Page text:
Steven T. Jones

Business tax breaks in SF jumped to nearly $17 million last year

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Employers in San Francisco received nearly $17 million in special business tax breaks from the city last year, with the biggest ticket corporate welfare categories being the Central Market Street and Tenderloin Area Exclusion — commonly known as the Twitter tax break after its catalyst and biggest beneficiary — and a tax break given to small businesses.Read more »

Is the SF District Attorney’s Office biased against cyclists?

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There’s been much discussion over the last year about whether police and prosecutors in San Francisco are biased against bicyclists. And while the San Francisco Police Department has admitted problems in their investigations of collisions that injure cyclists and pledged to do better (with mixed results), the District Attorney’s Office doesn’t seem have gotten the message. Read more »

Boom asks "What's the matter with San Francisco?" and offers insightful answers

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“What’s the matter with San Francisco?” asks the Summer 2014 issue of the Boom: A Journal of California, a quarterly magazine produced by the University of California Press, tapping an amazing array of writers to explore the struggle for the soul of San Francisco that has captured such widespread media attention in the last year.Read more »

City agencies defend their slow response to Airbnb's illegal rentals

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More information has been coming out about how Airbnb is used to convert San Francisco apartments into tourist rentals — including an interesting study reported by the San Francisco Chronicle last weekend — in advance of next month’s hearings on legislation to legalize and regulate short-term rentals.

But questions remain about why the city agencies in charge of regulating such “tourist conversions,” which have long been illegal under city law, have done so little to crack down on the growing practice. For more than two years, we at the Guardian have been publicly highlighting such violations, which have finally caught fire with the public in the last six months. Read more »

Breaking the chains

Rival measures updating SF's formula retail controls stir controversy and debate

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steve@sfbg.com

San Franciscans have always been wary of chain stores, more so than residents of any other major US city, none of which have taken on the ever-expanding national corporations and their homogenizing impact on local communities as strongly as San Francisco.Read more »

Supervisors consider affordable housing half-step

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While the Board of Supervisors today considers placing a measure on the fall ballot that would slow market rate housing projects when affordable housing development drops below 30 percent of total production, it is also slated to quietly approve another item showing San Franciscans actually need more than double that amount of housing.Read more »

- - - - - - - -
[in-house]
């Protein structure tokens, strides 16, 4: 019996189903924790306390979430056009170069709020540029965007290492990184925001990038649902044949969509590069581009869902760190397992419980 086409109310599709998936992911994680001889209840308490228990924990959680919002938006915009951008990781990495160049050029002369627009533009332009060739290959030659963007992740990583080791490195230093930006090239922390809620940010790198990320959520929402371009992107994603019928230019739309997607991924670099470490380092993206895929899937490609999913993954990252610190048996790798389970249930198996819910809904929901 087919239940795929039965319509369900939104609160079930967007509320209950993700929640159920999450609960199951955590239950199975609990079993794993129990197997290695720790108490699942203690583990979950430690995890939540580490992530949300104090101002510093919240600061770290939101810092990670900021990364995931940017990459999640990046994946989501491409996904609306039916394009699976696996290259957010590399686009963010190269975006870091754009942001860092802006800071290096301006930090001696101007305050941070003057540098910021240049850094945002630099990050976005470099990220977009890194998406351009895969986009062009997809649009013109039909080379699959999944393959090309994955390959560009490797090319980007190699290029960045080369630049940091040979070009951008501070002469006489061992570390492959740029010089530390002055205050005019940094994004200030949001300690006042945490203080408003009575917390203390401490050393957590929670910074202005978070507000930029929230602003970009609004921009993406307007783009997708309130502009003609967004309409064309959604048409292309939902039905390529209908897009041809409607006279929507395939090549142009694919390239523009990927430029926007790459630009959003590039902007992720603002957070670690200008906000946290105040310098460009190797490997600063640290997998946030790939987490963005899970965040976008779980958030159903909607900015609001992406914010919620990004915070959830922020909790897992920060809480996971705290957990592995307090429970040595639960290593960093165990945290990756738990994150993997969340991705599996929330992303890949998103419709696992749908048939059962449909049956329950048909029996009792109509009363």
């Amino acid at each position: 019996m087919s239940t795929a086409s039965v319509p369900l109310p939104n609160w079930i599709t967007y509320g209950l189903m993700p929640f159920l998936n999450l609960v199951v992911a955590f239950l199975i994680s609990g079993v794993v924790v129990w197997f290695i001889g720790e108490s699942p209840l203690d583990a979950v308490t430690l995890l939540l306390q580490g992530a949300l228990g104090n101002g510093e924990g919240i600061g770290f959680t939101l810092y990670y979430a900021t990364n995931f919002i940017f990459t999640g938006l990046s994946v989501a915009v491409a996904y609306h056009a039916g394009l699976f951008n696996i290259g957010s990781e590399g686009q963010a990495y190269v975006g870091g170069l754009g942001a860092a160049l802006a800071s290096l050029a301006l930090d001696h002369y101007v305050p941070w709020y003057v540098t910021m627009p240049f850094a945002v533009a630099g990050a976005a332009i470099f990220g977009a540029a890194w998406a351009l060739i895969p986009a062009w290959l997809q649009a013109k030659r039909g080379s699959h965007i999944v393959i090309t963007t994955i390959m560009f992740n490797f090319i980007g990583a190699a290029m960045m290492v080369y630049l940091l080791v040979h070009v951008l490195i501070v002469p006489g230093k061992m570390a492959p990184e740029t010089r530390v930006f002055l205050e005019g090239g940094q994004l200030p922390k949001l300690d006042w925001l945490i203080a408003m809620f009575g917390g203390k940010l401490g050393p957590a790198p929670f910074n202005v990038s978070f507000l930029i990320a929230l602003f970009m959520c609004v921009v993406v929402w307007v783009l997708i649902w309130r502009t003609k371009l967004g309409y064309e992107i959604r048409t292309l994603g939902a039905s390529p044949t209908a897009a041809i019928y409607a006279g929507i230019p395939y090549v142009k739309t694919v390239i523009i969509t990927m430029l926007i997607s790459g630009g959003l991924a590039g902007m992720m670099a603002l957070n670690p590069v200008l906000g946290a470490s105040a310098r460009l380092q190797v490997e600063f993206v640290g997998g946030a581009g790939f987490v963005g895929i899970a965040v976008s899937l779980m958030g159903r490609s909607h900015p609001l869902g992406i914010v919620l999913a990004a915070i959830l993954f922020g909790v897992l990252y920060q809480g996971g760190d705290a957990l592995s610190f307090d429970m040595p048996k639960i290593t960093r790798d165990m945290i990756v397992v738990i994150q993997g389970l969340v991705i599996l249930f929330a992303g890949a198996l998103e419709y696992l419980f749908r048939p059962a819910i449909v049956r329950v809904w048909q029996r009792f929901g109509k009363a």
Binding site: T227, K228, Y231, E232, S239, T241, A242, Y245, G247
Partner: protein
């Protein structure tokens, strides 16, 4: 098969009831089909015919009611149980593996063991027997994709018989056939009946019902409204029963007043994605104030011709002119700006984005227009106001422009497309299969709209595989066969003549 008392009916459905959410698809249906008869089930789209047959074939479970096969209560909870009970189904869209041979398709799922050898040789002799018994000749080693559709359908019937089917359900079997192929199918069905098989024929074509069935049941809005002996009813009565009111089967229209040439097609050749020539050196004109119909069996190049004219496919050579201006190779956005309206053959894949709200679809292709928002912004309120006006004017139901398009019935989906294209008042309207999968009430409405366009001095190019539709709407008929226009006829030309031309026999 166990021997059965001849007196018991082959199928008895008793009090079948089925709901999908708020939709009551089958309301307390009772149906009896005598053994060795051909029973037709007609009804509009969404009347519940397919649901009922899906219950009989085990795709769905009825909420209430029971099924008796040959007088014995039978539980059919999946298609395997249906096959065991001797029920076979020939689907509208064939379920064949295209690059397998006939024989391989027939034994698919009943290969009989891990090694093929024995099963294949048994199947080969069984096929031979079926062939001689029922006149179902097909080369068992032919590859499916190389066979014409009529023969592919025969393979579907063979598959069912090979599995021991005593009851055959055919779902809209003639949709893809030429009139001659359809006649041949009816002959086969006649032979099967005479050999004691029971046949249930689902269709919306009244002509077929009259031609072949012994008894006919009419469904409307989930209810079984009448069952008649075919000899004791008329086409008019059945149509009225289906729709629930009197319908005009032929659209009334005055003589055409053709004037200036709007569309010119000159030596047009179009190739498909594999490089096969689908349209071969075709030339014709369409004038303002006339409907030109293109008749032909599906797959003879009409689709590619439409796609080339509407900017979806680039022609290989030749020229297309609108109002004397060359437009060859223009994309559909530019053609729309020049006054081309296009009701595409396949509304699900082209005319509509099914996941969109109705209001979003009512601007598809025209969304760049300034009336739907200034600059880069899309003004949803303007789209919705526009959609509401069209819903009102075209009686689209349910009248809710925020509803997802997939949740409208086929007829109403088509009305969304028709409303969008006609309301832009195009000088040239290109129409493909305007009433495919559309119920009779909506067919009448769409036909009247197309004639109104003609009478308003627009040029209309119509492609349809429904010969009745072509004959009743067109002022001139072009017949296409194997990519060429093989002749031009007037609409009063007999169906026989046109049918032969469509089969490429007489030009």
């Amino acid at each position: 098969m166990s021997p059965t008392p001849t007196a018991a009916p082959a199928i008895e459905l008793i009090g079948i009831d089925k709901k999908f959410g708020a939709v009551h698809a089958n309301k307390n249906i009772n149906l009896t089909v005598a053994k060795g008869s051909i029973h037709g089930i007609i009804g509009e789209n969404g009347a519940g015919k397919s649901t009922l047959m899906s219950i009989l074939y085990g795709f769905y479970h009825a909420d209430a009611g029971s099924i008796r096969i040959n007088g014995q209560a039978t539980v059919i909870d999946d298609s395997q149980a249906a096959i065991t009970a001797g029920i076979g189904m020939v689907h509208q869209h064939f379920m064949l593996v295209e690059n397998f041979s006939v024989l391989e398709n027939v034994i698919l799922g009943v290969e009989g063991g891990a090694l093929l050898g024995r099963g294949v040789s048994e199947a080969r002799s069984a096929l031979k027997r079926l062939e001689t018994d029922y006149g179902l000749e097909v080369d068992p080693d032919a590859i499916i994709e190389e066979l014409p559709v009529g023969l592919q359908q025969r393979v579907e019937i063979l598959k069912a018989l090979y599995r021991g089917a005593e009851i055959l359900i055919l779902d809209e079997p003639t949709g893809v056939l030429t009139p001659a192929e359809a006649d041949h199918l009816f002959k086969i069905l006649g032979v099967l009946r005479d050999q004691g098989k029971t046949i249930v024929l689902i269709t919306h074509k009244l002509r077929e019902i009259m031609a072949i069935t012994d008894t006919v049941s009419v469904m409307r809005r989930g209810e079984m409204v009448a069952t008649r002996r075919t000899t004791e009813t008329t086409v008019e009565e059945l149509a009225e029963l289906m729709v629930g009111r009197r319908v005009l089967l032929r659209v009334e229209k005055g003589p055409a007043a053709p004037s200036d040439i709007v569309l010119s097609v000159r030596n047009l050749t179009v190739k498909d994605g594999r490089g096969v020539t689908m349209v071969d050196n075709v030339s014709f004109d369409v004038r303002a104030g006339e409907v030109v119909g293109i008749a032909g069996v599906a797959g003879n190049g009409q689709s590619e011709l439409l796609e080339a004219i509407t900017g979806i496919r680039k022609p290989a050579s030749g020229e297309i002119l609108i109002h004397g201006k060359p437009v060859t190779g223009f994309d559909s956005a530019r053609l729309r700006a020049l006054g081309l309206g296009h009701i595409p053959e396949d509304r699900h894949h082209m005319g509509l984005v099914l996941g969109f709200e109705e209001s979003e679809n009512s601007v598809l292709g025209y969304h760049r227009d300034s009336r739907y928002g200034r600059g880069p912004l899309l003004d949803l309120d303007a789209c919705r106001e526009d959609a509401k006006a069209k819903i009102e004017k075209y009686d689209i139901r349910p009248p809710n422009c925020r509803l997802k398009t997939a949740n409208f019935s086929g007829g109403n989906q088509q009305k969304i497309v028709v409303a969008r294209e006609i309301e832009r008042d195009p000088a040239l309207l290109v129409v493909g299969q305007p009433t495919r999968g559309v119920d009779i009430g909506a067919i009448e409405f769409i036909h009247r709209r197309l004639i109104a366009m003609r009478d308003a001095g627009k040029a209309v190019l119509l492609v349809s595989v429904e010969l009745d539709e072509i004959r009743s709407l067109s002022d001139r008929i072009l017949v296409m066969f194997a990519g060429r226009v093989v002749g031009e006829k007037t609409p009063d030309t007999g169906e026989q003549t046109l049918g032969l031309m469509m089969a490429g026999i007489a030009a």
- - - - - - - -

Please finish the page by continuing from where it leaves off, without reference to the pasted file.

Shaw's "housing civil war" is really about influence peddling

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I’m always wary of the BeyondChron stories by Tenderloin power broker Randy Shaw, who uses the website as a propaganda tool for his interests and those of the politicians who he helped get into office, including Mayor Ed Lee and Sup. Jane Kim, as I wrote in last week’s paper.Read more »

Campos wins veto-proof support for closing the city healthcare coverage loophole UPDATED

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Sup. David Campos appears to have finally succeeded in his years-long quest to prevent San Francisco employers from pocketing money the city requires them to use for employee health care costs after winning over two key supervisors to secure a veto-proof majority at today’s [Tues/10] Board of Supervisors meeting.Read more »

Transportation funding faces key test after Mayor Lee flips on VLF increase UPDATED

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Facing a deadline of tomorrow’s [Tues/10] San Francisco Board of Supervisors meeting to introduce measures for the November ballot, advocates for addressing the city’s massive long-term transportation funding gap still hope to introduce an increase in the local vehicle license fee, even though the once-supportive Mayor Ed Lee has gotten cold feet.Read more »

Trading favors?

Randy Shaw quietly gets city funds for his Tenderloin Museum from a Mayor's Office he loudly promotes

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Randy Shaw is a Tenderloin power broker who has a cozy relationship with the Mayor's Office, regularly promoting its interests and perspective on his blog, BeyondChron, and through other avenues. In return, Shaw quietly gets tremendous city support — including big infusions of public funds — for his projects and initiatives.Read more »